But because accountants have found it impossible to determine the value or the risk of such assets with certainty or objectivity, official financial accounting rules give intangibles a wide berth.
Instead, each company makes its own valuation of intangibles, guided only by very general accounting standards. “There is not the rigor and uniformity that governs the valuation of ‘tangibles.’ In all cases, there is little relationship to market value,” said Mr. Kossovsky, who is also the executive secretary of the Intangible Assets Finance Society, an advocacy group that is working to develop new standards and practices for monetizing intangible assets.
I agree with this, but I think it’s patently stupid to think that this is either more important or just more because of the knowledge economy. The conventions that go into what ‘counts’ are just that – conventions – and the fact that some conventions, like inputs and outputs, sales and revenue, are highly institutionalized and thus taken for granted is not evidence of new intangibles in a new economy.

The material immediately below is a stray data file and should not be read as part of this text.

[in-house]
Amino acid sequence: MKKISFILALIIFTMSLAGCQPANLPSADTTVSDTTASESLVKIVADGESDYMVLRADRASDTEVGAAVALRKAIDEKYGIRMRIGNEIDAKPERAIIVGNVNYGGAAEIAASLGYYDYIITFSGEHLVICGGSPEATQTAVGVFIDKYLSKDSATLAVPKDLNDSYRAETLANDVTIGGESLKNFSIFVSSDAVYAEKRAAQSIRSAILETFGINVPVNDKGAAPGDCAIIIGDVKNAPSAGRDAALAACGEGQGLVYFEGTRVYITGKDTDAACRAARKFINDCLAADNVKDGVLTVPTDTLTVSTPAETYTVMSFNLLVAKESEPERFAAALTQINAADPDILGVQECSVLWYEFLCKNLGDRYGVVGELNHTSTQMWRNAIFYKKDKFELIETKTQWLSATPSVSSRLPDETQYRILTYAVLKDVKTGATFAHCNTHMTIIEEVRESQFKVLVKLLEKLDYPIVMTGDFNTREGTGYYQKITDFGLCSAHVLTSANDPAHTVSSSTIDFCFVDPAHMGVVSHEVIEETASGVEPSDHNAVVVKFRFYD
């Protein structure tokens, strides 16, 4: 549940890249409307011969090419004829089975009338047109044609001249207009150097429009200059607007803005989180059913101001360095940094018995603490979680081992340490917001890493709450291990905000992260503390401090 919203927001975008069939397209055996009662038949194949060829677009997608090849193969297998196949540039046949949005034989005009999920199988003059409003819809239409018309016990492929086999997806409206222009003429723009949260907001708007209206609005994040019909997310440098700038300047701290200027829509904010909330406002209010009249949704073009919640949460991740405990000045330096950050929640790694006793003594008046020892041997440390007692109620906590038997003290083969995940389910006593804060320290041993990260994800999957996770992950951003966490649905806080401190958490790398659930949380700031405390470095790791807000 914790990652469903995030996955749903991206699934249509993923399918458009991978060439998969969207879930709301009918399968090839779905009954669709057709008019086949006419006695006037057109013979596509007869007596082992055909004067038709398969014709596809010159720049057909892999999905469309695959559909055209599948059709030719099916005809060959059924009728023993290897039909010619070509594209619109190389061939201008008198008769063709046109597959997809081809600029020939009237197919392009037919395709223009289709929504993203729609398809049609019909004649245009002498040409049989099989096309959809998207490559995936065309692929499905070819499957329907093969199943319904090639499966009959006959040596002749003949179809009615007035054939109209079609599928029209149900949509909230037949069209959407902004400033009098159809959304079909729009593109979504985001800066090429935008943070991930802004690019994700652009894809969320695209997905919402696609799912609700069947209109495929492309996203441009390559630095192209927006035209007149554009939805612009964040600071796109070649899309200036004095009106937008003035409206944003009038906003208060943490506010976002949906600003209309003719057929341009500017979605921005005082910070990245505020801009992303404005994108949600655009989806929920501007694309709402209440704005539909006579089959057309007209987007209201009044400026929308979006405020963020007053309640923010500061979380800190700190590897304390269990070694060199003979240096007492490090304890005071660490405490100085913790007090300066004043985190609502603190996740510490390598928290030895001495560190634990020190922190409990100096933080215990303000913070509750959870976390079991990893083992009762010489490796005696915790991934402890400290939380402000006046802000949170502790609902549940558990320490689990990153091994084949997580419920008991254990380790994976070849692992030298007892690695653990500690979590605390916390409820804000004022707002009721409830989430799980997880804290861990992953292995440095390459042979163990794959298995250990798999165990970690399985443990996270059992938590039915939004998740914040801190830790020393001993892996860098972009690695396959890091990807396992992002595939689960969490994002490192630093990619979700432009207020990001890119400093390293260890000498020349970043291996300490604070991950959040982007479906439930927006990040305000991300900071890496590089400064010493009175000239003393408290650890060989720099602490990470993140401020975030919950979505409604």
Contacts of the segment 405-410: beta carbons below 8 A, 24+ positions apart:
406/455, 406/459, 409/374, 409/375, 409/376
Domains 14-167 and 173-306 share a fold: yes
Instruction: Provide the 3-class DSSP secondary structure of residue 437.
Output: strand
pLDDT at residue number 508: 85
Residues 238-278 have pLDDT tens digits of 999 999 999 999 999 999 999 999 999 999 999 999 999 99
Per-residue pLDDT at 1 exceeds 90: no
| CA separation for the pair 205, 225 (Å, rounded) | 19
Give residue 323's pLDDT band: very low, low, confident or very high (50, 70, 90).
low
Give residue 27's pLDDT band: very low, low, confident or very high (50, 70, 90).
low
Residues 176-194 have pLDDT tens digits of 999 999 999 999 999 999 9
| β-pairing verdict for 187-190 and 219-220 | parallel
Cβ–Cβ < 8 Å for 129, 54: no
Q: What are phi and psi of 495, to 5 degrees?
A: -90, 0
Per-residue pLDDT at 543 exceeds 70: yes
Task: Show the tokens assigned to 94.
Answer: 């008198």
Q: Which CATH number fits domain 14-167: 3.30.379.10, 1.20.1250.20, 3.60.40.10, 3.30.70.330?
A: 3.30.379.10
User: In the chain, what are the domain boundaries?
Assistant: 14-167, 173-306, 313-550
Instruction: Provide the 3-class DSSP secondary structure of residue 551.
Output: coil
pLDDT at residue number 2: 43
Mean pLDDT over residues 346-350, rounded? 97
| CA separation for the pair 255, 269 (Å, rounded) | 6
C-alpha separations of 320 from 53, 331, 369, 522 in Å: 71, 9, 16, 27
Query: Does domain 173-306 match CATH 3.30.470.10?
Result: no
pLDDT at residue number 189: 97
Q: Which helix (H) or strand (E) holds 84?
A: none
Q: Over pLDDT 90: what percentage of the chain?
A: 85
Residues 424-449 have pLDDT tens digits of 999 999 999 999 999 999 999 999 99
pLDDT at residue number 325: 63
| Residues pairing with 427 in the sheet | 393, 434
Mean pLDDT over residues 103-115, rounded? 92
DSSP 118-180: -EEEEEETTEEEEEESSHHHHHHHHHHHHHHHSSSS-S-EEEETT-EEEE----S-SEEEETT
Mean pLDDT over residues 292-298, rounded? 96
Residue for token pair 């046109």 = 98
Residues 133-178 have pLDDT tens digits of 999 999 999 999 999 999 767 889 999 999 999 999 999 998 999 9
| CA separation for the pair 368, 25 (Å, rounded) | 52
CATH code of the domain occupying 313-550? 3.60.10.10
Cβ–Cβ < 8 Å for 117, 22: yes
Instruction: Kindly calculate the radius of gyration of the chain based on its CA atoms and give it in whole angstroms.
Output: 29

What it is evidence of is that there is still a huge opportunity for someone to come up with a better way to talk about the relationship between economy and society. What makes these things ‘intangible’ is not their importance but their distance from seemingly ‘solid’ economic stuff. That one would really believe that earnings is a more solid measure than reputation is a testament to accountants’ persuasiveness and influence over time, not that earnings is solid and reputation is intangible.